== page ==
In August, leaders from 40 countries gathered in Jeddah to discuss a road map for peace in Ukraine. Last month, Saudi Arabia welcomed foreign leaders attending the first Asean-Gulf Cooperation Council Summit. Finally, the US was shepherding a landmark deal that could have normalised ties between Israel and Saudi Arabia, and would have been a major diplomatic coup that would reverberate throughout the Muslim world. That is now on hold after war erupted in Gaza.
The US position in the Israel-Palestine conflict continues to bear on its relations with Arab and Muslim countries. It is as true in the Middle East and North Africa as in South and Southeast Asia. Washington supports Israel’s right to defend itself but does not want to be seen as condoning air strikes against non-military targets in Gaza.
As displacement, destruction and civilian casualties mount amid Israel’s ground offensive, growing international rallies in solidarity with Palestinians may put America’s relations with Arab and Muslim countries in a bind. The sorry plight of the Palestinians have revived calls for a permanent solution to one of the region’s most intractable disputes. Many will be looking at Washington’s stance on the issue.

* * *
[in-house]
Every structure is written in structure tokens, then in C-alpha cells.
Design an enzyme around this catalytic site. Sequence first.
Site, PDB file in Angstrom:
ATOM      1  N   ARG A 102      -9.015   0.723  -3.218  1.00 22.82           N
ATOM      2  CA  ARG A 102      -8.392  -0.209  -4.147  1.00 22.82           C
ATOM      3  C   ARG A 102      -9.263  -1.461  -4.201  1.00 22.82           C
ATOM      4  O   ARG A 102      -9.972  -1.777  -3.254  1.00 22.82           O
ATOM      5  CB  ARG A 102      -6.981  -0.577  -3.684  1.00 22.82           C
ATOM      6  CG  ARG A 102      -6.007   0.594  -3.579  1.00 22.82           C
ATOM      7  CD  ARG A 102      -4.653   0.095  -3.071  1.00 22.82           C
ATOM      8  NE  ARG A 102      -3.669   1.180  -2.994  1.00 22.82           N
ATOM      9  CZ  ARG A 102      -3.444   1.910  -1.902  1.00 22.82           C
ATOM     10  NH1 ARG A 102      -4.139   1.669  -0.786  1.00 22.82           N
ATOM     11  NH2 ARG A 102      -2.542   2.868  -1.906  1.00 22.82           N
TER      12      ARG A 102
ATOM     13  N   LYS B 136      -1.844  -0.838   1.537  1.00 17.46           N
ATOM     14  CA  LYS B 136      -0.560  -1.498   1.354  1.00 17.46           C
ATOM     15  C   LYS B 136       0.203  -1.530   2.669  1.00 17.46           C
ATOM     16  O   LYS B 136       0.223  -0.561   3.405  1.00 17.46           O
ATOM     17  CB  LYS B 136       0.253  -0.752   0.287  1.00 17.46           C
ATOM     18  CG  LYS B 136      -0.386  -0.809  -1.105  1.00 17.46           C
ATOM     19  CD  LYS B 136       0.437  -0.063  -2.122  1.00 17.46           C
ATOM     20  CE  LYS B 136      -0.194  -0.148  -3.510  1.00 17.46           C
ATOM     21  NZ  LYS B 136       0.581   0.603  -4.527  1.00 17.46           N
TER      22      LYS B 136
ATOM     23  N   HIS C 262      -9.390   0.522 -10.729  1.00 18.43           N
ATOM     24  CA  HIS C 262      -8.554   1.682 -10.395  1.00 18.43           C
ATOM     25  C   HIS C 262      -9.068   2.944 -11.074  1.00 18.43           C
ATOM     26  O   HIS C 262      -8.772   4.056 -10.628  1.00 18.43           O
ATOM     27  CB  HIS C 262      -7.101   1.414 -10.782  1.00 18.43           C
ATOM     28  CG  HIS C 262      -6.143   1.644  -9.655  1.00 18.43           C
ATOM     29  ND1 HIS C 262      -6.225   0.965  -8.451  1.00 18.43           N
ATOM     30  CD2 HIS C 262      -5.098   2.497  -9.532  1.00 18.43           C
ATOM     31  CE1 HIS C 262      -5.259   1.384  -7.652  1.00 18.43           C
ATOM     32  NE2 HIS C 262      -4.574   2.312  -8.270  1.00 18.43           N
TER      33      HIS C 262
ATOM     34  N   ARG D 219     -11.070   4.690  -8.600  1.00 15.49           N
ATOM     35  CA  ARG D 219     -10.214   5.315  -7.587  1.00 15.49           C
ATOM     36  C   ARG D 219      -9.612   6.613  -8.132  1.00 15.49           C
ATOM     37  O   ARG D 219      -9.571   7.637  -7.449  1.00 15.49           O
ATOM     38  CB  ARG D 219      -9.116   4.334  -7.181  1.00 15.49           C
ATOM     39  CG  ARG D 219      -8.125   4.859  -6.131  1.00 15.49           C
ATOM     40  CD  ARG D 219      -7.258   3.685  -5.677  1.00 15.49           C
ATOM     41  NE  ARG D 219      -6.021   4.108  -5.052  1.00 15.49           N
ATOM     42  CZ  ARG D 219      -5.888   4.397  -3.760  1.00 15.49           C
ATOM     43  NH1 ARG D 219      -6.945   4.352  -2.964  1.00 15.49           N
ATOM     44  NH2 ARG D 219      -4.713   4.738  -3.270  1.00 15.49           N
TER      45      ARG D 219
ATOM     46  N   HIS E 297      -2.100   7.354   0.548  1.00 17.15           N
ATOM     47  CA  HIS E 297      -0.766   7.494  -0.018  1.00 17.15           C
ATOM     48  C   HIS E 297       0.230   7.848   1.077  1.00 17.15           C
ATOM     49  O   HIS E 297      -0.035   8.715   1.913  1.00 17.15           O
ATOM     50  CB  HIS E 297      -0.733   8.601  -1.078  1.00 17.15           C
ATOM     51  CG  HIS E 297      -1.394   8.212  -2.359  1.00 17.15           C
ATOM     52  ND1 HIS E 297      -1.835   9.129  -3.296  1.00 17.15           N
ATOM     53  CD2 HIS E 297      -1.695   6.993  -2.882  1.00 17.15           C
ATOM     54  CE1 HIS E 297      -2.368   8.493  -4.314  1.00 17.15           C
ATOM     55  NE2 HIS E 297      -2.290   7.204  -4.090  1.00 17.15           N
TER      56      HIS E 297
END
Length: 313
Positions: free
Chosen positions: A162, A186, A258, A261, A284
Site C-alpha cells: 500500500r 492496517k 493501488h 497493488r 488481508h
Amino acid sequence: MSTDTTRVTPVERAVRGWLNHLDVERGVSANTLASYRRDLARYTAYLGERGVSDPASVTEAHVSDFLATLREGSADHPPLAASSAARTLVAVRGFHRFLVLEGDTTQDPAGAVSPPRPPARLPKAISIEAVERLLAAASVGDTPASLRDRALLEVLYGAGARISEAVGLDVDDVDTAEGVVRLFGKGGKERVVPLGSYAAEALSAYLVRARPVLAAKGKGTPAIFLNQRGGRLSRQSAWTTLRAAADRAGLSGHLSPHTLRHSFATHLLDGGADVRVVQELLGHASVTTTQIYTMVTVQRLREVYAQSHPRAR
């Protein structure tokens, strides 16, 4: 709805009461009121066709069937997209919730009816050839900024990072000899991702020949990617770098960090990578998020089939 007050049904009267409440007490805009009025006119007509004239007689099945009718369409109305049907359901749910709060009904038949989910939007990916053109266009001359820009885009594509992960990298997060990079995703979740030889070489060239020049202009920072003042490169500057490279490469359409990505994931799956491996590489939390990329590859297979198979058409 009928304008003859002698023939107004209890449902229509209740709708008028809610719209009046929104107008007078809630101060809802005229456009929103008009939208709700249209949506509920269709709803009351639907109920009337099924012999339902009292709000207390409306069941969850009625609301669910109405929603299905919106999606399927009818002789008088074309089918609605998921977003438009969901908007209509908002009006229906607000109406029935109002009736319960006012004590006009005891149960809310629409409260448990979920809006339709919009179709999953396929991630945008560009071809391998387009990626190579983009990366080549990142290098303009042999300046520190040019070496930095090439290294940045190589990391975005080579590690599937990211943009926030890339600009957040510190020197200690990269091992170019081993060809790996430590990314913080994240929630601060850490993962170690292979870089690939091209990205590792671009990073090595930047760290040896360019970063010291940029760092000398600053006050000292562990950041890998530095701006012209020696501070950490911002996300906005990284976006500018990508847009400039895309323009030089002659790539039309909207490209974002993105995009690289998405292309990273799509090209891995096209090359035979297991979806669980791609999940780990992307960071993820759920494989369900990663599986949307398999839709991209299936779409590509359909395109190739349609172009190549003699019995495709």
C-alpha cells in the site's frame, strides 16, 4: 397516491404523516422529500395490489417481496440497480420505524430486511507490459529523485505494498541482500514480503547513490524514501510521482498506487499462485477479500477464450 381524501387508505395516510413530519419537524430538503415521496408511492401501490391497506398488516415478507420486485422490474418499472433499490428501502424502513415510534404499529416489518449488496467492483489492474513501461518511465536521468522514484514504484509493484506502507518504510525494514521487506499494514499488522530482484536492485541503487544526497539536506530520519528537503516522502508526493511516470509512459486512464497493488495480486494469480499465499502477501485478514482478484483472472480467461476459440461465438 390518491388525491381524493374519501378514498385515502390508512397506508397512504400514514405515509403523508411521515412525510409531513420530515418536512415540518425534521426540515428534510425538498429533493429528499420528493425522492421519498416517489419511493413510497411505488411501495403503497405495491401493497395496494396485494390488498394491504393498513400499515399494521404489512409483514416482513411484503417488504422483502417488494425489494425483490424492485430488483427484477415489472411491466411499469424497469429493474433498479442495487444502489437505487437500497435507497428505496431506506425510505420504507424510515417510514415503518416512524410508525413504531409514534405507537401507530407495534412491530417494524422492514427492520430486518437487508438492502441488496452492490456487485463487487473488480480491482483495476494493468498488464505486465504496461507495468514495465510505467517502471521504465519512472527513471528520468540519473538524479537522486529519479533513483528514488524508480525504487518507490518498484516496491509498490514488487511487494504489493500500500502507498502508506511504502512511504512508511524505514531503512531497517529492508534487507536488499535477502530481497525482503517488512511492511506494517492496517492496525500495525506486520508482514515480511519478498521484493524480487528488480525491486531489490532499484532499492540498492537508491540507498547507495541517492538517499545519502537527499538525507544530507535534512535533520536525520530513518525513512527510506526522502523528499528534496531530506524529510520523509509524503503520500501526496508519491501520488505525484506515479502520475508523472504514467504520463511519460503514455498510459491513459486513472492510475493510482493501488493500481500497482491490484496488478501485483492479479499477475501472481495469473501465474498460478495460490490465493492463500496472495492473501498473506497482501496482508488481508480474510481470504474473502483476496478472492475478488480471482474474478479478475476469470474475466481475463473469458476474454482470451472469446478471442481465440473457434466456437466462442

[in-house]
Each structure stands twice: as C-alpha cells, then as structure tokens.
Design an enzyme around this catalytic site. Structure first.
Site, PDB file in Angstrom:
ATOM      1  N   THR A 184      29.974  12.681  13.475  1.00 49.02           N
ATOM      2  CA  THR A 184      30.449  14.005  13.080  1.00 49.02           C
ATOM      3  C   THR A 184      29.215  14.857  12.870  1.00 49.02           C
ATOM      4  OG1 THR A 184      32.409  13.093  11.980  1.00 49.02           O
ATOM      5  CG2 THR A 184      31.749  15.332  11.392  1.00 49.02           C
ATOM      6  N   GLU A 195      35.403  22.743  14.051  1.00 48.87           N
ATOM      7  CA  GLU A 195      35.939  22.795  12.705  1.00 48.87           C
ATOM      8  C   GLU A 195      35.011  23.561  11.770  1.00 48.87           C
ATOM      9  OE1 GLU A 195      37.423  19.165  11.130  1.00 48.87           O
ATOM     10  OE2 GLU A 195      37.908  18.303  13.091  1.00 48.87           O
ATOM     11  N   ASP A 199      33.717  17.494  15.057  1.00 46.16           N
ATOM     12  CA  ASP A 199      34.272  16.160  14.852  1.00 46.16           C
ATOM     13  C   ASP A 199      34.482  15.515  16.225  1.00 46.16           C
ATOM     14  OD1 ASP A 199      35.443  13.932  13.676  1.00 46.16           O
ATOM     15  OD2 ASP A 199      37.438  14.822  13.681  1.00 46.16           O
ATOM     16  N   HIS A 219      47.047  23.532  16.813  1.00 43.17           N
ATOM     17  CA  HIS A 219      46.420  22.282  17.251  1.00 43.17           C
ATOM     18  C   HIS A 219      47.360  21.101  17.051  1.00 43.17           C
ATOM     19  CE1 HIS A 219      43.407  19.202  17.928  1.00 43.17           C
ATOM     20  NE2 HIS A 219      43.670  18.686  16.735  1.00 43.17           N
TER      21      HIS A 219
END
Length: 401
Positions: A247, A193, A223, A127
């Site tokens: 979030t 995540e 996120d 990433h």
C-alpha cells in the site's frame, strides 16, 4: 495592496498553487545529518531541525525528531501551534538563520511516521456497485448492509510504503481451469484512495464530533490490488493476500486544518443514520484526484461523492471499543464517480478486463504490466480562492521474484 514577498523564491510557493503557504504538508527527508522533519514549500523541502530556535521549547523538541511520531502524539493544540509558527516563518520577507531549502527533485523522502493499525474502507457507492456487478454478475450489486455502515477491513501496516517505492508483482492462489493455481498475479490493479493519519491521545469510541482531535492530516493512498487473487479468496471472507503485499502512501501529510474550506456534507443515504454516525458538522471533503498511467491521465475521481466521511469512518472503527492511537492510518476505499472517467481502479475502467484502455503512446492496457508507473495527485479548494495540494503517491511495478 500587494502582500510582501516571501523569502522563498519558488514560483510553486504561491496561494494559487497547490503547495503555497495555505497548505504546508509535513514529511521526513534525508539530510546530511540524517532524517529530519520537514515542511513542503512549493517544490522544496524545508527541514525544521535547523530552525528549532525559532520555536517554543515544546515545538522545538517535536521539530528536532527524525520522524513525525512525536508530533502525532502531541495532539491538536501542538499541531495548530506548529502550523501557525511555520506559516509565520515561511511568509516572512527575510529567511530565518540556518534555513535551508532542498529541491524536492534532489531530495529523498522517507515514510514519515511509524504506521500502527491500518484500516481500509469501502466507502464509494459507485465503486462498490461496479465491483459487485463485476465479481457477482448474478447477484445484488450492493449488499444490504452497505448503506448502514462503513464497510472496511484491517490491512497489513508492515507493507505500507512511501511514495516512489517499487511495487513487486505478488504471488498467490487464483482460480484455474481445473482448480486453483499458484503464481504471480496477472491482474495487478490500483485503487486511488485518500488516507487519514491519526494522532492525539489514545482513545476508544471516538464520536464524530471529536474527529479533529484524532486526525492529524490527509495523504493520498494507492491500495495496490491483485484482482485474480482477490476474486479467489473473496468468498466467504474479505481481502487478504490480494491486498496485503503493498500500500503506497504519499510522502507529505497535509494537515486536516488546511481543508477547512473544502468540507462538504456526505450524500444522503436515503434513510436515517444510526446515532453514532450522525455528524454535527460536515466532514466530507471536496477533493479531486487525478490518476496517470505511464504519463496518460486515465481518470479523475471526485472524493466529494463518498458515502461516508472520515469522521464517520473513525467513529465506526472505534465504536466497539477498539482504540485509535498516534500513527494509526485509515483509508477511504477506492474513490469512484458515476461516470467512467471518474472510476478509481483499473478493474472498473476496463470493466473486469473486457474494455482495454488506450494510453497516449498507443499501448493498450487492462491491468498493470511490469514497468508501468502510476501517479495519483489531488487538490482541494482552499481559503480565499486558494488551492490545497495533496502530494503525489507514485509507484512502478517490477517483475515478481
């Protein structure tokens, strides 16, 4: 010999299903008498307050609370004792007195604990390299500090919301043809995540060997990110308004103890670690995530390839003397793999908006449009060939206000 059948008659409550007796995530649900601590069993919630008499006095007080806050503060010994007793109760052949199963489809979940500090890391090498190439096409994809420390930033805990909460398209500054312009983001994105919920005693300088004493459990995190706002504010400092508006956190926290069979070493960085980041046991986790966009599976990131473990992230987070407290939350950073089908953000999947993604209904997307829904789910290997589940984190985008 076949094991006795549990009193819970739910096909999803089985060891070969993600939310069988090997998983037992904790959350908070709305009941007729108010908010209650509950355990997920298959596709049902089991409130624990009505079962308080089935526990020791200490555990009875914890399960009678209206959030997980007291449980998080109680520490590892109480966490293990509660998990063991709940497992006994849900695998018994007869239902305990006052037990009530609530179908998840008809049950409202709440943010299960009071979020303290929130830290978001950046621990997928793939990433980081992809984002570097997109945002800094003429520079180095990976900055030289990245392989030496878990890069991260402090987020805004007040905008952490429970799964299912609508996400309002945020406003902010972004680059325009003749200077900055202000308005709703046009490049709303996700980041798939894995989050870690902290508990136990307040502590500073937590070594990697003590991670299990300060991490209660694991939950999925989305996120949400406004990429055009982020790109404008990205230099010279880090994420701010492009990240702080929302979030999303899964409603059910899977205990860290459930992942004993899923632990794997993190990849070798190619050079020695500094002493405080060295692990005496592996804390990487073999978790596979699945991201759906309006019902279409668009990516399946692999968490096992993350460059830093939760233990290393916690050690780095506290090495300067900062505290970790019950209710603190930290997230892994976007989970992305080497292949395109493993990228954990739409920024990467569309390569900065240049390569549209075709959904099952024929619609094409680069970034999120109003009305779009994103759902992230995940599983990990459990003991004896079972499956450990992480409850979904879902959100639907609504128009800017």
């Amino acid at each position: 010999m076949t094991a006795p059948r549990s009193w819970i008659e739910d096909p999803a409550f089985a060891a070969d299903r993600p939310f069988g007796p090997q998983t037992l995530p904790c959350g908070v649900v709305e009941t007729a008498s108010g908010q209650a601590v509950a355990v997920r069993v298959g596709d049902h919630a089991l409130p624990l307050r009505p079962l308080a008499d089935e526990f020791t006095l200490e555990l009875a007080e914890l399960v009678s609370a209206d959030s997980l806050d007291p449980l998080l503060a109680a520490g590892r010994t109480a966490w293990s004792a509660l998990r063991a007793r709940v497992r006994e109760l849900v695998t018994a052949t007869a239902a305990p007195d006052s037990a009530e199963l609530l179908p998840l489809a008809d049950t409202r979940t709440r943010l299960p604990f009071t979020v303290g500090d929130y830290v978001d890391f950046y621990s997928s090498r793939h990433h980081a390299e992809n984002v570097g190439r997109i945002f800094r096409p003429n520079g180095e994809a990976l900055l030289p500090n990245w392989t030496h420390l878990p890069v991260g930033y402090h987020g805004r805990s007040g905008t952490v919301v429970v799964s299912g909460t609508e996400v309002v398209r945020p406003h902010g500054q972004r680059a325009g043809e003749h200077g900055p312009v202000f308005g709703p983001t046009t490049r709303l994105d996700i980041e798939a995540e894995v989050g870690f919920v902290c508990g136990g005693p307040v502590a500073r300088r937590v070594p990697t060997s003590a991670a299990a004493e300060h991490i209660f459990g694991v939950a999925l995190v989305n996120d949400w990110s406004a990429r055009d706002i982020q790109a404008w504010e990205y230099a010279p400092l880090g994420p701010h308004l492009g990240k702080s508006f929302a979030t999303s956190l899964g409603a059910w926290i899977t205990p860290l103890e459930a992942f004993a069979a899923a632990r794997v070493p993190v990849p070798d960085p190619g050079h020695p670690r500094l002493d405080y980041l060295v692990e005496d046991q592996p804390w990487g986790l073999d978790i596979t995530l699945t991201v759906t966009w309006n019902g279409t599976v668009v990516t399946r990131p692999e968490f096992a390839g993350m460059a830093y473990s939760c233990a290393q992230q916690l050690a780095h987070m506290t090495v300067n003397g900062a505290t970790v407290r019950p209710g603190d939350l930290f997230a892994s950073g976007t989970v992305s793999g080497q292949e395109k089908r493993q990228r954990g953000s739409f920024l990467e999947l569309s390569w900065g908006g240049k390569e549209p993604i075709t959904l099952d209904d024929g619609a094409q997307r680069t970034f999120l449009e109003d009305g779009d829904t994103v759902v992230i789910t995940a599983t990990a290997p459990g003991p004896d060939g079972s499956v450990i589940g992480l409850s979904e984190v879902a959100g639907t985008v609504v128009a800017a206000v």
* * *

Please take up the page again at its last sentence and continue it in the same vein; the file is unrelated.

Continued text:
So far, the Israel-Palestine conflict has not affected US relations with Southeast Asia, a crucial theatre where Washington and Beijing are vying for influence. But this may change as Israel’s ground operations advance and if other regional actors get involved, escalating the conflict.

As America is seen as Israel’s main backer, protests have also been staged in front of US embassies in Indonesia, the world’s largest Muslim country, and Malaysia, among others. Both nations, along with Brunei, do not have diplomatic relations with Israel.
The Philippines, with a significant Muslim population in its restive south, has also seen pro-Palestinian protests, something that Manila, which has official ties with Israel, cannot simply ignore.

US and China’s stance on the crisis obviously matters and will affect their standing in the Muslim community. Perceptions of bias may undermine Washington’s efforts to broker peace and create more space for other mediators. A broader conflict may unravel laudable US advances in promoting peace and stability in the region.